I have put together some basic material on survival analysis. It is available as:

- .html document with highlighted syntax here.
- Printer-ready .pdf document here.
- GitHub repository with all the source files here.

Main motivation was that I wanted to learn the basics myself; also, it's tricky to find simple examples of survival models fitted in Bayesian setting and there are few materials that combine theory with examples.

The material contains:

- Mathematical formulations of key concepts of survival analysis.
- Illustration of the exponential model of failure density.
- Example of the exponential model fitting in R.
- Example of the same model fitting in JAGS.
- More complex model with censoring in JAGS.

Thanks! This is indeed very helpful.

Do you also plan to illustrate how to use STAN (http://mc-stan.org/rstan.html) to fit a survival model in a Bayesian setting? See this blog post (http://www.r-bloggers.com/jags-and-stan/) for a short comparison of STAN and JAGS.

Backtracking on the URL, the "document with unknown author" seems to be by Joseph G. Ibrahim, available (and attributed) [here](http://www.amstat.org/chapters/northeasternillinois/pastevents/summer05.htm).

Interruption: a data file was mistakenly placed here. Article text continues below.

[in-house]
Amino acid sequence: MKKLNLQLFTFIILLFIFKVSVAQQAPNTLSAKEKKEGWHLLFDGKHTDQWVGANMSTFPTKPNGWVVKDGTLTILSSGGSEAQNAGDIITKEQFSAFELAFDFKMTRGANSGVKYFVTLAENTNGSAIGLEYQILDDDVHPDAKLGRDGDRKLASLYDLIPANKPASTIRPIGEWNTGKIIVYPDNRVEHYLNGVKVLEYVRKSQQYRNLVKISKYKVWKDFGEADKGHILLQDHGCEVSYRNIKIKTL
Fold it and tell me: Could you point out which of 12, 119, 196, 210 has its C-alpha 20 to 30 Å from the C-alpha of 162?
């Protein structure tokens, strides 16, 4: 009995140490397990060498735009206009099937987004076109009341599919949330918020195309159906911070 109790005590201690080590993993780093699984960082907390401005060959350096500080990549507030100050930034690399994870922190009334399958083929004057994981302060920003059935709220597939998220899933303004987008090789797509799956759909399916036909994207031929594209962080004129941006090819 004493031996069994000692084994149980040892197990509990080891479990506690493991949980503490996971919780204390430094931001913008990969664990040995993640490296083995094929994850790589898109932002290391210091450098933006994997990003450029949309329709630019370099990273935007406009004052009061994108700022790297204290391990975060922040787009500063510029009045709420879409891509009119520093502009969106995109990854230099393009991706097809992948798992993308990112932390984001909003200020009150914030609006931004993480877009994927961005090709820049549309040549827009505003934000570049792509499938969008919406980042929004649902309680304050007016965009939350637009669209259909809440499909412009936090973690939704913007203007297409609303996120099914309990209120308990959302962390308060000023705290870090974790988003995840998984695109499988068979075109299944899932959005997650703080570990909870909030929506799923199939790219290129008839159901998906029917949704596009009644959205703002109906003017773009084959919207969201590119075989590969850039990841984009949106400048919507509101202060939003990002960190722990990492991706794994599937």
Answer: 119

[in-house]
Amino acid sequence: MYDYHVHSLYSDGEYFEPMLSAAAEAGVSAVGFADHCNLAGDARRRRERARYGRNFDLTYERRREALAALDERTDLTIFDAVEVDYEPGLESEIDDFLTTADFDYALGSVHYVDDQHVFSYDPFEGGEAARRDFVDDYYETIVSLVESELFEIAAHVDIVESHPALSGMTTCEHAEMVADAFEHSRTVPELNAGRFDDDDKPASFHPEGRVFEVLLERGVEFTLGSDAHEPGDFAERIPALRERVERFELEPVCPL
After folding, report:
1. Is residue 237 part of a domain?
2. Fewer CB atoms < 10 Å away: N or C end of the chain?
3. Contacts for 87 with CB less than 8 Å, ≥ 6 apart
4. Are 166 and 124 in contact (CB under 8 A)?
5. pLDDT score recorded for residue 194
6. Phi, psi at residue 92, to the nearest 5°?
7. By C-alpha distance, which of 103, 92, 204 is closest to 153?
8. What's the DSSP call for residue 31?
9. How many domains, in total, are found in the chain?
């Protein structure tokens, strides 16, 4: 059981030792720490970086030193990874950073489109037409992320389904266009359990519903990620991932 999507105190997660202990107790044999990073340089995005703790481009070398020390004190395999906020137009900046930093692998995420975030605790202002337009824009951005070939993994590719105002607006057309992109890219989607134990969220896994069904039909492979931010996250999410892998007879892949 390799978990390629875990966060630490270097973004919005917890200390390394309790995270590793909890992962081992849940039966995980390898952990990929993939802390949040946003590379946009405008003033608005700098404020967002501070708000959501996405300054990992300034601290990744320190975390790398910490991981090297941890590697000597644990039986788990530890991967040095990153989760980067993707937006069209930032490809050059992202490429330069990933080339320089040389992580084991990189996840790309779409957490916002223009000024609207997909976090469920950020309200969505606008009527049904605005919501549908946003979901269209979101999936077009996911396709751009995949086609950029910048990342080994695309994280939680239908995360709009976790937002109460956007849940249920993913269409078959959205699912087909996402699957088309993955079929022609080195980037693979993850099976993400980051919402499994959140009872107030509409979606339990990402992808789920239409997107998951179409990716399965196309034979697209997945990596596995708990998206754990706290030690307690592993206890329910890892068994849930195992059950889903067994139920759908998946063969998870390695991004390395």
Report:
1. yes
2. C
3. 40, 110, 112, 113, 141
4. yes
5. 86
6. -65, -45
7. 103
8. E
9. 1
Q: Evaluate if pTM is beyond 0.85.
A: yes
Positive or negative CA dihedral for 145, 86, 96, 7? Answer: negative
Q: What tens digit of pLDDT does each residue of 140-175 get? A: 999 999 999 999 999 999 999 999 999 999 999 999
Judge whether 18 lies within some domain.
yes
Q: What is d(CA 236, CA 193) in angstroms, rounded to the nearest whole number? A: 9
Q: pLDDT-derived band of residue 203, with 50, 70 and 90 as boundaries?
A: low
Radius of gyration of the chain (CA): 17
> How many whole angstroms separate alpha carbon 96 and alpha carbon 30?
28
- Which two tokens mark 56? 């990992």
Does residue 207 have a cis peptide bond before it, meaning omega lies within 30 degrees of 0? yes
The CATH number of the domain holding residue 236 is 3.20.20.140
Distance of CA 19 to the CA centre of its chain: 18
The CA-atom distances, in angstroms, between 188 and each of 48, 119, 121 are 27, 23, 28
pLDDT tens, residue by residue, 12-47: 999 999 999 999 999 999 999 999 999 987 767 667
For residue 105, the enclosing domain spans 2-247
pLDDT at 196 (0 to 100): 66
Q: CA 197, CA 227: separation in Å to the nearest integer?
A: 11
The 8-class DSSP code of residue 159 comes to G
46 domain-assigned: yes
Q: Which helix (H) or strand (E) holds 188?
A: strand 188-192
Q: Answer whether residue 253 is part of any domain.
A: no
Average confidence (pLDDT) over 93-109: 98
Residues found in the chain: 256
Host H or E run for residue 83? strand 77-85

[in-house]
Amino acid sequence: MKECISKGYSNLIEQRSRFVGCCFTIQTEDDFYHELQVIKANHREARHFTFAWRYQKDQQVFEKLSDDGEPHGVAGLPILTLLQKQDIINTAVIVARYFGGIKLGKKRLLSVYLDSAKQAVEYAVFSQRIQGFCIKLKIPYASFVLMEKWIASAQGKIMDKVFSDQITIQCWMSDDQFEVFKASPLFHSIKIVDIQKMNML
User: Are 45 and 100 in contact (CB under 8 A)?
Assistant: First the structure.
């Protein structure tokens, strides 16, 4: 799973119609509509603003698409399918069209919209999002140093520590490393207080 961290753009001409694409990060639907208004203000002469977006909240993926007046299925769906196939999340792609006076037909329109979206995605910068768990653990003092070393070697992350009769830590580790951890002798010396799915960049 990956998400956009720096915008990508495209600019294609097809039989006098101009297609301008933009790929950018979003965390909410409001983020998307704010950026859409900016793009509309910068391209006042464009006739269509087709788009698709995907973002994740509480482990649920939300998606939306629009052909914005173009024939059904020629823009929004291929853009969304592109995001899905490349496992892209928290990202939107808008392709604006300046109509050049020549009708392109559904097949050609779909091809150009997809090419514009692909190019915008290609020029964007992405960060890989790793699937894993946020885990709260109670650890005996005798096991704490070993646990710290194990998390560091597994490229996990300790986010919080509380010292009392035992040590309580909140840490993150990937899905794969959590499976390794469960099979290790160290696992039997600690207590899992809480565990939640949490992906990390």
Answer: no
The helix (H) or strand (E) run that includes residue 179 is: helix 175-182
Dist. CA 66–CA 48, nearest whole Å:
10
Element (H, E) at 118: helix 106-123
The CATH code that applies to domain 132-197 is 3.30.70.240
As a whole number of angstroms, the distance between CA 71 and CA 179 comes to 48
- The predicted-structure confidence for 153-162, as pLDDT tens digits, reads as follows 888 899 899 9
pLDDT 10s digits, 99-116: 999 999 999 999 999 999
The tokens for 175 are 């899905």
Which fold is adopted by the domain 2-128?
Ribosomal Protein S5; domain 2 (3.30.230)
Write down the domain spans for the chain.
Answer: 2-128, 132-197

Thanks Gregor for spotting this. I have updated the text so that J.G. Ibrahim is now acknowledged.

Howdy,

In the second section, you say that Mean time to death (μ) for continuous S(t) is

μ=∫∞0uf(u)du . This can also be written as μ=∫∞0S(u)du. Often times, this is easier to deal with. It isn't clear in here that this is the case, but I do believe this is important.

It is pretty great other than that, thanks!

Thanks Jonah! I have added a note on that.

Great!

For those interested, here is a proof of why.

http://thirdorderscientist.org/homoclinic-orbit/2013/6/25/the-darth-vader-rule-mdash-or-computing-expectations-using-survival-functions

Brilliant, thanks!

Great post! I came across it, while I was preparing a post myself over the weekend on insurance claims analysis. I ended up with the same model, using a gamma prior and an exponential likelihood. However, I use Stan instead of Jags: http://www.magesblog.com/2015/05/posterior-predictive-output-with-stan.html

I have yet to figure out how to get the confidence interval around the posterior predictive distribution out of Stan.

Brilliant Petr, very cleanly done. I was looking for something like this. Thanks for your effort!

My only question is why you chose an exponential function, and the biological interpretation of such a choice. Have you seen it done in other ways? I just needed one or two more lines under subheading 3.

For the last example, I was able to get JAGS and survreg to agree by changing the data list passed to JAGS to:

roaches.data <- list(t.to.death = t.to.death,

t.cen = t.cen,

N = nrow(roaches),

weight = roaches$weight,

is.censored = is.censored) # added